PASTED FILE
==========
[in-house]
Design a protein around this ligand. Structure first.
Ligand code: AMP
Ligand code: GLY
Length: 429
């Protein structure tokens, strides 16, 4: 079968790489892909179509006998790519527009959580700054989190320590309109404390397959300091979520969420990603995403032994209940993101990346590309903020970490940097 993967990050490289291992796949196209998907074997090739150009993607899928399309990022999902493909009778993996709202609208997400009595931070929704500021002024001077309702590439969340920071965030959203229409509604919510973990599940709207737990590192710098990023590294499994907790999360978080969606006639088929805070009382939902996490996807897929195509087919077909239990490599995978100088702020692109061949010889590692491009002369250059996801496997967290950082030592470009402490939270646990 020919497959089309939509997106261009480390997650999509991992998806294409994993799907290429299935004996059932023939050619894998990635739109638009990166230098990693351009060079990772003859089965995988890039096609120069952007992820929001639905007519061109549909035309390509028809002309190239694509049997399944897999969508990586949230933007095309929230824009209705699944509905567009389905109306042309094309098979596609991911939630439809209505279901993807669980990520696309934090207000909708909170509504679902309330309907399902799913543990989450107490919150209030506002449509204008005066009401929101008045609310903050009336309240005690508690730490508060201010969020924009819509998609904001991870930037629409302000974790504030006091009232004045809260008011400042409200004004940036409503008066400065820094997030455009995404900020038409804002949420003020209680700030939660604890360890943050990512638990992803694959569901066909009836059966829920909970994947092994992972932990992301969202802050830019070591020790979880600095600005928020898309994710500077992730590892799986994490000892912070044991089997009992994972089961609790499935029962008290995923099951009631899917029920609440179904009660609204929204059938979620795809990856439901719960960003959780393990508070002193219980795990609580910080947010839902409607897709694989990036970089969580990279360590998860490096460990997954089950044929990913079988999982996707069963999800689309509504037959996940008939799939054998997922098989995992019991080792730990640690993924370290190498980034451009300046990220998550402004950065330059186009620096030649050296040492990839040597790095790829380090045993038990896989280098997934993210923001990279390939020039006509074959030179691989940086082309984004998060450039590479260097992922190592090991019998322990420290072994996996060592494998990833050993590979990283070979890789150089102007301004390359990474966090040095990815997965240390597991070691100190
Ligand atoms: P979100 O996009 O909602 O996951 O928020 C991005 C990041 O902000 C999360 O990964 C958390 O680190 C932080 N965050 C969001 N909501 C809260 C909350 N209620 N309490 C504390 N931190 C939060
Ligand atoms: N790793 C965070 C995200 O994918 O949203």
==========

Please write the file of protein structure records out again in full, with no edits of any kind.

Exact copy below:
[in-house]
Design a protein around this ligand. Structure first.
Ligand code: AMP
Ligand code: GLY
Length: 429
């Protein structure tokens, strides 16, 4: 079968790489892909179509006998790519527009959580700054989190320590309109404390397959300091979520969420990603995403032994209940993101990346590309903020970490940097 993967990050490289291992796949196209998907074997090739150009993607899928399309990022999902493909009778993996709202609208997400009595931070929704500021002024001077309702590439969340920071965030959203229409509604919510973990599940709207737990590192710098990023590294499994907790999360978080969606006639088929805070009382939902996490996807897929195509087919077909239990490599995978100088702020692109061949010889590692491009002369250059996801496997967290950082030592470009402490939270646990 020919497959089309939509997106261009480390997650999509991992998806294409994993799907290429299935004996059932023939050619894998990635739109638009990166230098990693351009060079990772003859089965995988890039096609120069952007992820929001639905007519061109549909035309390509028809002309190239694509049997399944897999969508990586949230933007095309929230824009209705699944509905567009389905109306042309094309098979596609991911939630439809209505279901993807669980990520696309934090207000909708909170509504679902309330309907399902799913543990989450107490919150209030506002449509204008005066009401929101008045609310903050009336309240005690508690730490508060201010969020924009819509998609904001991870930037629409302000974790504030006091009232004045809260008011400042409200004004940036409503008066400065820094997030455009995404900020038409804002949420003020209680700030939660604890360890943050990512638990992803694959569901066909009836059966829920909970994947092994992972932990992301969202802050830019070591020790979880600095600005928020898309994710500077992730590892799986994490000892912070044991089997009992994972089961609790499935029962008290995923099951009631899917029920609440179904009660609204929204059938979620795809990856439901719960960003959780393990508070002193219980795990609580910080947010839902409607897709694989990036970089969580990279360590998860490096460990997954089950044929990913079988999982996707069963999800689309509504037959996940008939799939054998997922098989995992019991080792730990640690993924370290190498980034451009300046990220998550402004950065330059186009620096030649050296040492990839040597790095790829380090045993038990896989280098997934993210923001990279390939020039006509074959030179691989940086082309984004998060450039590479260097992922190592090991019998322990420290072994996996060592494998990833050993590979990283070979890789150089102007301004390359990474966090040095990815997965240390597991070691100190
Ligand atoms: P979100 O996009 O909602 O996951 O928020 C991005 C990041 O902000 C999360 O990964 C958390 O680190 C932080 N965050 C969001 N909501 C809260 C909350 N209620 N309490 C504390 N931190 C939060
Ligand atoms: N790793 C965070 C995200 O994918 O949203």